Should Psychology Students Always Write in APA Style?
Why I’ve loosened up on APA Style, especially for certain types of writing.
Posted November 1, 2021 | Reviewed by Devon Frye
- Writing is one of the most important educational activities for undergraduate students.
- APA Style is the discipline's vernacular, so students—especially psychology majors—should learn it.
- Using APA Style for writing on all psychological topics, particularly reflective papers, is not necessary.
As the fall semester is beginning its descent to the fast-approaching holidays, I am mindful that slews of papers will soon make their way to me for grading. Reflecting on these writing assignments, I am mindful of the fact that I don’t assign APA Style writing quite the way I did in the past, early on in my teaching career. Am I just older and more experienced as an educator—or wiser? Or, have I strayed, as it were, from the one true academic faith (at least in psychology)?
When I began teaching three decades ago, APA Style—or American Psychological Association Writing Style (as outlined in the Publication Manual of the American Psychological Association—now in its seventh edition) was required for practically every paper I assigned. The logic was that students should become familiar with the discipline’s writing style. And, at the time, I believed that the best way to learn it was to use it on all papers students wrote after they had completed the required research methods course where it was taught (late in their first year or during their second year of college).
Why require APA style? Well, it’s great preparation for graduate study in psychology (where it is assumed you know it and can produce it). As a writing style, it serves as a way not only to express ideas in the discipline but to “pitch them” to critical analysis by others. Some researchers have suggested that as a form of pedagogy, it also represents a way for students (and professional and academic psychologists) to develop helpful habits of mind. And, finally, the style imposes a framework for how arguments, ideas, hypotheses, observations, and results are presented—so its clarity also makes it readily grade-able (e.g., “Is there a title page? What about an Abstract and keywords?” and so on).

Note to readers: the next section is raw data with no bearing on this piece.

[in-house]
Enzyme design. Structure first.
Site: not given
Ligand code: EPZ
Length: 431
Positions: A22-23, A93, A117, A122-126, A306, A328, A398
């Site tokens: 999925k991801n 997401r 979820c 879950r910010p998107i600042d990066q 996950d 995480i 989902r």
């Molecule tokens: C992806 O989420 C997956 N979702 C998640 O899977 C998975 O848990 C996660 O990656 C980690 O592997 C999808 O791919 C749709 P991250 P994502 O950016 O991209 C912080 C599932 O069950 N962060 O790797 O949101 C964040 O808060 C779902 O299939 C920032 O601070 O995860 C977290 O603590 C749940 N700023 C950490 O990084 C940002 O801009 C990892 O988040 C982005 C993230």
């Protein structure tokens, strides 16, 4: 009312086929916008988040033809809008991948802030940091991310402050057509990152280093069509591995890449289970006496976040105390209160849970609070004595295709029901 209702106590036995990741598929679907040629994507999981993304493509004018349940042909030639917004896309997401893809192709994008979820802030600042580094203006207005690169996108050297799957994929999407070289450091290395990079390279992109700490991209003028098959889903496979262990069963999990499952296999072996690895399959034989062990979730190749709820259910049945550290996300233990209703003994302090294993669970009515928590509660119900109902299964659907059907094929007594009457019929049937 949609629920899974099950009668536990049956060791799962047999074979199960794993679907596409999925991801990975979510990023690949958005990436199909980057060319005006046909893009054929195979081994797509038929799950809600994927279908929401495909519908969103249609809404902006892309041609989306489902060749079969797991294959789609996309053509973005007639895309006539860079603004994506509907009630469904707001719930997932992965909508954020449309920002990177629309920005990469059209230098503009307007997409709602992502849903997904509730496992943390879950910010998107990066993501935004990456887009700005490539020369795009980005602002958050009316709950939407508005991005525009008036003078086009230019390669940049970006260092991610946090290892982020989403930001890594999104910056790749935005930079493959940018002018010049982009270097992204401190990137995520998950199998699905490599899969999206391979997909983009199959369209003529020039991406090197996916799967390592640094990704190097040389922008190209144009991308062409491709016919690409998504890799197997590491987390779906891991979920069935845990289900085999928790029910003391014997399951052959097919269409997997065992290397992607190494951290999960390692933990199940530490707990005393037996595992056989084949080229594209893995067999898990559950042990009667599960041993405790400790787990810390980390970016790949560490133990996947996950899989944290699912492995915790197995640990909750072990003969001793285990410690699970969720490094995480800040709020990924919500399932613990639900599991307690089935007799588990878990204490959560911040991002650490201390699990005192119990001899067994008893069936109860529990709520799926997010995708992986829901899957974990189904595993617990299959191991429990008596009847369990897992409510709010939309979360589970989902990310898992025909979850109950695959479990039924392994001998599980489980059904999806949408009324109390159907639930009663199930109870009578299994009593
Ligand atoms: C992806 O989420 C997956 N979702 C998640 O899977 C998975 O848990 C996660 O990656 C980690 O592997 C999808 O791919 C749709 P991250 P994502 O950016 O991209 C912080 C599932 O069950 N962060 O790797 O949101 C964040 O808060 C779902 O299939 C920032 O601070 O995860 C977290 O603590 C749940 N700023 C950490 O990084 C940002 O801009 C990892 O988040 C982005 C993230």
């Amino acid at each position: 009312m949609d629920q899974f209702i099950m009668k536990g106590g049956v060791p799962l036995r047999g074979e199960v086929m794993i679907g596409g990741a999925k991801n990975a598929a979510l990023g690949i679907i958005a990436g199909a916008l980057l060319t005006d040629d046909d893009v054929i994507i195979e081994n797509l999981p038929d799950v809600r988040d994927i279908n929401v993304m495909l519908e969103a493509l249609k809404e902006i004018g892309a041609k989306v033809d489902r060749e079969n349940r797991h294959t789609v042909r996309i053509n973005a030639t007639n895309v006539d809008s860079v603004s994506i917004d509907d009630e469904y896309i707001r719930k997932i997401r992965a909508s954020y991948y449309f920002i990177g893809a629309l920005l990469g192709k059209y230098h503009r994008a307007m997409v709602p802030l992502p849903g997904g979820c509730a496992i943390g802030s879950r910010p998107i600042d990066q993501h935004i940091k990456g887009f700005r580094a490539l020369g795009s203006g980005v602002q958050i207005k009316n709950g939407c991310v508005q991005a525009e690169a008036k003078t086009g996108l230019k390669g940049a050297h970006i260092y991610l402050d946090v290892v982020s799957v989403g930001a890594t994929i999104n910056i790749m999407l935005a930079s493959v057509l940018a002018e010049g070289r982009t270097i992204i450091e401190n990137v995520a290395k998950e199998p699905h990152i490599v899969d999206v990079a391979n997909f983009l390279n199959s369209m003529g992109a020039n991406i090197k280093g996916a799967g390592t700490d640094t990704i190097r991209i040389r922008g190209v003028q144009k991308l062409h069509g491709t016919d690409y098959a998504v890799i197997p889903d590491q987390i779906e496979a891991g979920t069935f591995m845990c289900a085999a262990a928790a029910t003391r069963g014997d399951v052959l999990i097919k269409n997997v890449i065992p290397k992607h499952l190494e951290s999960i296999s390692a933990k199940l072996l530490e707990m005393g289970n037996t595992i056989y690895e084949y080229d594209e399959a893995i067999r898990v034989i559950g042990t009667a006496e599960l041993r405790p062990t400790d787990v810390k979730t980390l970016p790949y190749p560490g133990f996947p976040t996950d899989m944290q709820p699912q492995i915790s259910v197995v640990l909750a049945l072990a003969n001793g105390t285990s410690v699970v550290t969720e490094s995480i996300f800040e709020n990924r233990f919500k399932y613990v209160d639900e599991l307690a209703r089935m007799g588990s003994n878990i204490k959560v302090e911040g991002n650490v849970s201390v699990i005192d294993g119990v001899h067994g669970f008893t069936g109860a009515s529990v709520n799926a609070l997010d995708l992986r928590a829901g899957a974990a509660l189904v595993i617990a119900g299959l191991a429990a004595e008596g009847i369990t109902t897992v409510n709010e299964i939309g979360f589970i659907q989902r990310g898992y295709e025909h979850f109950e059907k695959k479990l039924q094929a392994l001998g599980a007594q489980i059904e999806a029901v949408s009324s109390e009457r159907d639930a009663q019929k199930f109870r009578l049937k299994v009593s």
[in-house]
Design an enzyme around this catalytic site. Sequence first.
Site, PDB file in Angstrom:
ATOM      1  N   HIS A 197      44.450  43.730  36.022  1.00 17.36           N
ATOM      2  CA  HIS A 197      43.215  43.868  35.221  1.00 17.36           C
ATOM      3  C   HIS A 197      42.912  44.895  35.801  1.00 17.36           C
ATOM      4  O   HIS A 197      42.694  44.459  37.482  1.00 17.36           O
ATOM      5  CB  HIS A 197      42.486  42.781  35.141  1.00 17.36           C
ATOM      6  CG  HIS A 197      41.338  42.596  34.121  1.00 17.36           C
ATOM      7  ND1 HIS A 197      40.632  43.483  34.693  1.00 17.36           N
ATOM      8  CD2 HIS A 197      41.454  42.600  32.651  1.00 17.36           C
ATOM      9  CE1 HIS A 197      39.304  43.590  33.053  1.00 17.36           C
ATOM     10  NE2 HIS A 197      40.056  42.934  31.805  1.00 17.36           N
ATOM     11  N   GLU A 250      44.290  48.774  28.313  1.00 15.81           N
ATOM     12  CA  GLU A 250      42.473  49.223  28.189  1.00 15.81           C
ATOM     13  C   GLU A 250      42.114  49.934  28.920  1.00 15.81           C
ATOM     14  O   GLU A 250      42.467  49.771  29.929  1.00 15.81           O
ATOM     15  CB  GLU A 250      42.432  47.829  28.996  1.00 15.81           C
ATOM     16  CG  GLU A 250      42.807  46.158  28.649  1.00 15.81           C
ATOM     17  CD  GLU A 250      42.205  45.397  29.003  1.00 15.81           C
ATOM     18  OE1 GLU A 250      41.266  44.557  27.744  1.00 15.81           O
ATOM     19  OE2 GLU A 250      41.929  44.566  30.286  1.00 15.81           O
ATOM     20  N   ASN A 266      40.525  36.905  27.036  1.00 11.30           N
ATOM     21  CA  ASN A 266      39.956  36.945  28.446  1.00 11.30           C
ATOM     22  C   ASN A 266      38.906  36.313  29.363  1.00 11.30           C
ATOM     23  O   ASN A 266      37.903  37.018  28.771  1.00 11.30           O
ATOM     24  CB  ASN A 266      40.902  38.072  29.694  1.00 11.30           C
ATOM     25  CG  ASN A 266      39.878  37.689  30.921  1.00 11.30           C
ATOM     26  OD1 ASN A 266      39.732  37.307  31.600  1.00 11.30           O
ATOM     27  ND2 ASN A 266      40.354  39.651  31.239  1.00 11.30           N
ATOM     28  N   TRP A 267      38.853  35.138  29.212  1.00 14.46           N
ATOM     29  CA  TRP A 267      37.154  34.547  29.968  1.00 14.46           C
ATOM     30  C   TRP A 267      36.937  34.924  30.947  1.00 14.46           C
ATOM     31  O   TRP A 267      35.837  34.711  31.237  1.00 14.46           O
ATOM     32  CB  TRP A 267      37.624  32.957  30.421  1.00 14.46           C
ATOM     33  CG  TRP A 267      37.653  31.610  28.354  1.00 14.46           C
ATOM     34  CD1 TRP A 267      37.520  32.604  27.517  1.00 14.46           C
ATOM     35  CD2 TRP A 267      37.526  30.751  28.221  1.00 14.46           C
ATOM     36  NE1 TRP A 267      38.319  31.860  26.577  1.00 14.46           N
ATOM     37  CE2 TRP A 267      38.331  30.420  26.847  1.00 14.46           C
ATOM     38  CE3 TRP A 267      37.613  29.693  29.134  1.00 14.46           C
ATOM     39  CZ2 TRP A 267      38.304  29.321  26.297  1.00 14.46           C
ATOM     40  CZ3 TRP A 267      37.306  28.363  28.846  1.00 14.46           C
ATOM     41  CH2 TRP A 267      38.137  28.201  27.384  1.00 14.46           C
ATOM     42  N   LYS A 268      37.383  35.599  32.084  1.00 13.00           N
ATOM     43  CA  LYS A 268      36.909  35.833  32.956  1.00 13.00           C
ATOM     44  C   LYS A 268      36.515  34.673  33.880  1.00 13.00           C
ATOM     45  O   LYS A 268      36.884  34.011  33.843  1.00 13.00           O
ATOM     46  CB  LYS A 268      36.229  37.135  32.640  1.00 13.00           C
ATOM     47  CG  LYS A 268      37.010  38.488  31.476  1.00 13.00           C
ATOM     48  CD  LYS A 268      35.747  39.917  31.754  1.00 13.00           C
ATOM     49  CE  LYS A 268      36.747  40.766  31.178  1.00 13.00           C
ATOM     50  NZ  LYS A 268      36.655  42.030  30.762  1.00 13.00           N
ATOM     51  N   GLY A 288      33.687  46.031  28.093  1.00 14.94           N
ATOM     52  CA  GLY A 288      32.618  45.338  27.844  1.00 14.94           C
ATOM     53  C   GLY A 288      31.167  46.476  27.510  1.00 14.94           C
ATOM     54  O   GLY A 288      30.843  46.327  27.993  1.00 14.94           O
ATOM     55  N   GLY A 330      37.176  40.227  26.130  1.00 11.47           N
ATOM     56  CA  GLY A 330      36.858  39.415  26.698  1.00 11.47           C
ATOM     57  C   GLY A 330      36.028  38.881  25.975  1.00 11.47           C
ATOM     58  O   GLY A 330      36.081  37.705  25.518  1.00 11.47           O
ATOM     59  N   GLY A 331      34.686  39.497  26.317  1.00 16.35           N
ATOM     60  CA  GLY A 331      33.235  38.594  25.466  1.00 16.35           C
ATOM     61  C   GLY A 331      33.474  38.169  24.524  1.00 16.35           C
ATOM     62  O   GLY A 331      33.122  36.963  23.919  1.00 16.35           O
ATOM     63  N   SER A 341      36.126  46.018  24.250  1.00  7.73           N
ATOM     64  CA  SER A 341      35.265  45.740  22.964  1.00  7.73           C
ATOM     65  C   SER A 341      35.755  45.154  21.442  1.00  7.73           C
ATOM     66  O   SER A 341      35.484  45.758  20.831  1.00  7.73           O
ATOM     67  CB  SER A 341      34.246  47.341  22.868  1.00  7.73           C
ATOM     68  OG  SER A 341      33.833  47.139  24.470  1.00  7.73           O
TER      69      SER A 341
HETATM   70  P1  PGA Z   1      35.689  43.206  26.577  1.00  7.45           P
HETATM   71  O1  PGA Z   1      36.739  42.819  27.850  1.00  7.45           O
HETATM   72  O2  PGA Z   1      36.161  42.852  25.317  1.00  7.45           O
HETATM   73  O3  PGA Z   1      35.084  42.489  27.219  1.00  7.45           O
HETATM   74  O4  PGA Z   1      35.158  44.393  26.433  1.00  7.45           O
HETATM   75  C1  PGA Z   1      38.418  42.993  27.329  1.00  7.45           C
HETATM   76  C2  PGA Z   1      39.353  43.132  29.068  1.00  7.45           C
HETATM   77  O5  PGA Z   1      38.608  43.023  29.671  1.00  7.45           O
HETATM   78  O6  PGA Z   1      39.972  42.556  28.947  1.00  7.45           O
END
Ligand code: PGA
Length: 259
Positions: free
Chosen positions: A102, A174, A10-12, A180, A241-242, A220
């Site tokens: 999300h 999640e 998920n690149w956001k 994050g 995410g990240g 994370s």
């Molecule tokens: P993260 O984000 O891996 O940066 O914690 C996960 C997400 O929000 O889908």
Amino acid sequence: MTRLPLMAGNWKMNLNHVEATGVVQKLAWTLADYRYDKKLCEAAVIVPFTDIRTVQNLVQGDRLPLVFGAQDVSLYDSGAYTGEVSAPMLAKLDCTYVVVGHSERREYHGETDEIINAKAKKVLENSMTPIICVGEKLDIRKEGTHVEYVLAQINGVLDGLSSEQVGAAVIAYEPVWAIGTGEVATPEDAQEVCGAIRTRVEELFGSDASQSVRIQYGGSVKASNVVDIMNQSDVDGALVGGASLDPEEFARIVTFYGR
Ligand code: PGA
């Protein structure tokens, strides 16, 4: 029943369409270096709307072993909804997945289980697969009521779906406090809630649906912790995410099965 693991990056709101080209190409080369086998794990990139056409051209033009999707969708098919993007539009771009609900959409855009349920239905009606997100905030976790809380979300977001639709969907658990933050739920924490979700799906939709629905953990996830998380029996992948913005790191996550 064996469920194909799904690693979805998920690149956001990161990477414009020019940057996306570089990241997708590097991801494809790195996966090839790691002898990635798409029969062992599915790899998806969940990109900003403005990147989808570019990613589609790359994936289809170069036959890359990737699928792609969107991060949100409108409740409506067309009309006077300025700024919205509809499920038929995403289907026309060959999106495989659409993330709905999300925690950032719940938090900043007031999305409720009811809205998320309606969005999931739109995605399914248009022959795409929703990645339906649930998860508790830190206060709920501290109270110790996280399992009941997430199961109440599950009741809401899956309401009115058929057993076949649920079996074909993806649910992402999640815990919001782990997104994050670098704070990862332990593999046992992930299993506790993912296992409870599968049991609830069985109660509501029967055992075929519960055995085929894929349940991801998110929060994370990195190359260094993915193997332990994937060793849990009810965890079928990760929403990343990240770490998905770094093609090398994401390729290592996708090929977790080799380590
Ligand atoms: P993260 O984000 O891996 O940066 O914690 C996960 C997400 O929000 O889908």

As the years passed, however, I began to wonder whether it was really necessary to expect all papers—including reflective ones—to be written in APA style. So, I started by dropping the Abstract and keywords, as well as the organizing headings of Method and Results. In other words, the paper had a title page, some introduction and literature review, and then a Discussion or concluding section with a list of References to round out the work.
Still later—for thought or opinion papers—I indicated that really only presenting any readings used to form arguments need to be cited using APA style (i.e., author or authors’ last name(s) and date of publication within the body of the paper and then the APA Style reference(s) on the Reference page(s). That’s where I am more or less today—more about writing but more informal about formatting requirements. Unless I ask students to write a more formal paper, such as a literature review, or if they do an experiment or other sort of study, I don’t expect or assign APA Style (but I tell students they are free to do so if they wish). When I do assign APA Style, I expect all parts of APA Style to be present, including a Title page and an Abstract page.
What’s the upshot: Do I still think APA Style is important? Yes, absolutely—and that psychology majors need to not only be exposed to it but to learn its virtues and logic. But—and this is an important but—relatively few students will go on to do graduate student in psychology or the related fields that rely on APA Style. In other words, it is no longer critical (if it ever was) for students to use in all psychology classes and on all assignments.
APA Style has its place—an important place—but there is more to learning to think critically and scientifically than the structure that is provided by the Publication Manual. Indeed, whether the writing done is based on APA Style or not, the working principle should be that the more writing students do (and the more ways to write and to do different types of writing), the better.